Clive James was diagnosed with leukaemia, kidney failure and lung disease almost 10 years ago and endured his “ever-multiplying illnesses with patience and good humour". He kept writing and making poetry, his agent United Artists said in a statement.
Clive James who hosted popular TV shows in the UK for two decades, wrote several novels and books of poetry and was famous for his dry one-line quips, has died aged 80.
The host of the UK’s The Clive James Show, who was known for his dry humour and insightful critique, died at his home in Cambridge, UK, on Sunday according to a statement from United Agents.
James was diagnosed with leukaemia, kidney failure and lung disease almost 10 years ago and endured his “ever-multiplying illnesses with patience and good humour”. He kept writing and making poetry until the end.
James penned his own obituary and published it on his website, telling journalists it would be “cheaper than anything most newspapers are likely to have in the freezer”.
“I will keep updating it until they carry me to the slab, during which journey I will try to give details of my final medication.”
In his own obituary, James writes that “after a long and ultimately unsuccessful operation to remove a cancer on his cheek in February 2019, which left him frail and almost blind, Clive James spent the spring and summer of 2019 writing and editing an autobiographical anthology called The Fire of Joy, a raid on ‘the treasure-house of his mind’: a collection of the poems that first awoke in him his love of poetry and that were lodged forever in his memory. The book is furnished with his notes on each poem and on the capacity of a well-furnished mind to endure and transcend, to escape the confines of the body. The Fire of Joy was finished a month before his death, and will be published in 2020.”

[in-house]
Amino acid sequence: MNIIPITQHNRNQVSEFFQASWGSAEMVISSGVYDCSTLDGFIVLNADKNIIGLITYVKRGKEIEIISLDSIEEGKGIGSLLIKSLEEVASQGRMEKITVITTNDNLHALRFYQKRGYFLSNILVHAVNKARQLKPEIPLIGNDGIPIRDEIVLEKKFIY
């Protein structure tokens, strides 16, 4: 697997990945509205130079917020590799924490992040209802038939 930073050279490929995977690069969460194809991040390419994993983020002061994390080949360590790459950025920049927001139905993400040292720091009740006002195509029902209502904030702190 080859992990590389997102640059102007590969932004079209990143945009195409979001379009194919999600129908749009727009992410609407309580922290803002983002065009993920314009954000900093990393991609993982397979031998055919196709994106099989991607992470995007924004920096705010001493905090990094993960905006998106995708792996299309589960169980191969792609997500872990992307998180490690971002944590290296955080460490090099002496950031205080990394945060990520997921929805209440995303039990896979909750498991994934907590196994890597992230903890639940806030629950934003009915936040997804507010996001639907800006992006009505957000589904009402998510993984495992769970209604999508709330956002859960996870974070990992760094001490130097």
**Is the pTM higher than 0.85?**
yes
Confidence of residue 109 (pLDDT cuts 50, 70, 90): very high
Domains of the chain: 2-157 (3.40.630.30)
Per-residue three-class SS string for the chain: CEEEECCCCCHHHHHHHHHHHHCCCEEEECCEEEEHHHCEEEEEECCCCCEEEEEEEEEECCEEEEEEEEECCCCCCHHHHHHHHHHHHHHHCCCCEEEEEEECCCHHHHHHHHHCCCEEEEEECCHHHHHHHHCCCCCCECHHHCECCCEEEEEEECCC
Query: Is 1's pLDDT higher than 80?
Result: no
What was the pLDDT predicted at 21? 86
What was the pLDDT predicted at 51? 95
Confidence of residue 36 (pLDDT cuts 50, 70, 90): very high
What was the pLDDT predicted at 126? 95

James was born in Sydney, Australia, in 1939 and christened Vivian Leopold James (he changed his name to Clive at age eight after being bullied at school). He went to Sydney University and sailed for England in late 1961, where he lived and worked for the rest of his life. He was a polymath.
Saying goodbye is so shocking. Makes you quiet rewinding the memories. So many. Years and years of that intelligence and the talent and beautiful way of living, always to do excellence. Thank you, #CliveJames from the bottom of my heart. You live forever with us. #CliveJamesRIP pic.twitter.com/Pz56nwt61x
— Margarita Pracatan (@PracatanBaby) November 27, 2019
James was the television critic for The Observer newspaper for a decade from 1972, with some of his best work published in books Visions Before Midnight, The Crystal Bucket and Glued to the Box. There was a compendium On Television.
James on Arnold Schwarzenegger: “He has a body like a condom full of walnuts.”
James on Marilyn Monroe: “As far as talent goes, Marilyn Monroe was so minimally gifted as to be almost unemployable, and anyone who holds to the opinion that she was a great natural comic identifies himself immediately as a dunce.”
James on Americans: “Why do we have America? It’s the place we keep all the Americans in.”